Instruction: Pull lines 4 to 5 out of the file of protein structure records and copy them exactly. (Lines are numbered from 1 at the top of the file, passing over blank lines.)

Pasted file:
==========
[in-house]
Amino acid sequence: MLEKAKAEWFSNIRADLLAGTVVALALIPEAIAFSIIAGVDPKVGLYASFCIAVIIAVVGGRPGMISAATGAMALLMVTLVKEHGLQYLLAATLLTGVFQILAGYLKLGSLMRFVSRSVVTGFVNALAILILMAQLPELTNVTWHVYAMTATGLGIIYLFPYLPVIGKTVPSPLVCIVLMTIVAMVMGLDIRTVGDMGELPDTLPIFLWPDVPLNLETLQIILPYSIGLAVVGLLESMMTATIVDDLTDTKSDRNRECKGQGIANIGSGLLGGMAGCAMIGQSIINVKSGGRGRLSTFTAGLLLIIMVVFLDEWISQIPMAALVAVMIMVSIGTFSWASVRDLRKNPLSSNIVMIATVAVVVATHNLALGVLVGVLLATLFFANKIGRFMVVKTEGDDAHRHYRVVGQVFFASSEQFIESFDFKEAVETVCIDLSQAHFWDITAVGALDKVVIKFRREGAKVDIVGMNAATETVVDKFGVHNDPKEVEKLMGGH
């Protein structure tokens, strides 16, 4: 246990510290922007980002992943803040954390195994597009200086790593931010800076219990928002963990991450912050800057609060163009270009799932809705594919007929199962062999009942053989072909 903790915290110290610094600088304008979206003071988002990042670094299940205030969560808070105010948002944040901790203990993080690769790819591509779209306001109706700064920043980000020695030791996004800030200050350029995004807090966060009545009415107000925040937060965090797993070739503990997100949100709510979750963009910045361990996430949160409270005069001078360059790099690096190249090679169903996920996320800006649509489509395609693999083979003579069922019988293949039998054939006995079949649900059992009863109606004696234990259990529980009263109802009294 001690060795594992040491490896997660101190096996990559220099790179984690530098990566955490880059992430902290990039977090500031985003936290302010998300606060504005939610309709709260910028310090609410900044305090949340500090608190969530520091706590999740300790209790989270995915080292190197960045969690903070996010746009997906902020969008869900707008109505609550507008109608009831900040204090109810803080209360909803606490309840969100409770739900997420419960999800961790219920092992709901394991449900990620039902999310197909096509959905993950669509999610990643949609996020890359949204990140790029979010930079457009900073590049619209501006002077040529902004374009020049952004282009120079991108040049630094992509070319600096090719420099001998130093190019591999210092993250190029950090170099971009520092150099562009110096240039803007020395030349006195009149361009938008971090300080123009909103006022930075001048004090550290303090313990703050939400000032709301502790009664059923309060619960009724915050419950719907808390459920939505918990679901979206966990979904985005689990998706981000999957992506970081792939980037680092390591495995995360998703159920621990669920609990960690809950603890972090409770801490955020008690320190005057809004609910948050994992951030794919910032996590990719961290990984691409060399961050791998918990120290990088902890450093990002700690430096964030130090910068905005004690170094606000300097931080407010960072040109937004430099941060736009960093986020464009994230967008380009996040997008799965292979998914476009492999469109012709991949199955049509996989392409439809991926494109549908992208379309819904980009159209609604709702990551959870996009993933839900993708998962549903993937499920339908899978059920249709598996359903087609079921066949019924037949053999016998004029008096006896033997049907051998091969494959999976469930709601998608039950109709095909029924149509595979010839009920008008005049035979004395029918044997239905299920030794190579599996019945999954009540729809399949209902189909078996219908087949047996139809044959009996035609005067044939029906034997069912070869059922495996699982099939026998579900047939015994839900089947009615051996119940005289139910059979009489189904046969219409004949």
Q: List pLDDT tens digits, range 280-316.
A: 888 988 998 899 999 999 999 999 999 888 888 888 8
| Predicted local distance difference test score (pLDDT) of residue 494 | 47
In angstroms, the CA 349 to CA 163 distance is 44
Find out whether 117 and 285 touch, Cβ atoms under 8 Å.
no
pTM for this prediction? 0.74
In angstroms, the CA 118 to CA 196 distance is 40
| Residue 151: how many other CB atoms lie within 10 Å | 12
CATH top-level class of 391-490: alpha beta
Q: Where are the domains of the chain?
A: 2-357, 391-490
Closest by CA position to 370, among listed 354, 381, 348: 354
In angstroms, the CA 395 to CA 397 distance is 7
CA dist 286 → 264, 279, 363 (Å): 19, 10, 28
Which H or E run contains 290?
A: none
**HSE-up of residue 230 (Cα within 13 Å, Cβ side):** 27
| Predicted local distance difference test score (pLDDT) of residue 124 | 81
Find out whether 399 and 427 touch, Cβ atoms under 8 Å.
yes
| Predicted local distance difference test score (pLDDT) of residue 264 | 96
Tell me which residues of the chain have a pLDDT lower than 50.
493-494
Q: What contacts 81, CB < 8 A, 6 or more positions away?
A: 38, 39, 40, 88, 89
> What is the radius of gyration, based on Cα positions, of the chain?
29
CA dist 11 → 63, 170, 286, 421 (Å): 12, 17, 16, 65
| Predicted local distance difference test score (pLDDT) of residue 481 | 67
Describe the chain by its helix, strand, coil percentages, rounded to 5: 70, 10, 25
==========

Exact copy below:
Q: List pLDDT tens digits, range 280-316.
A: 888 988 998 899 999 999 999 999 999 888 888 888 8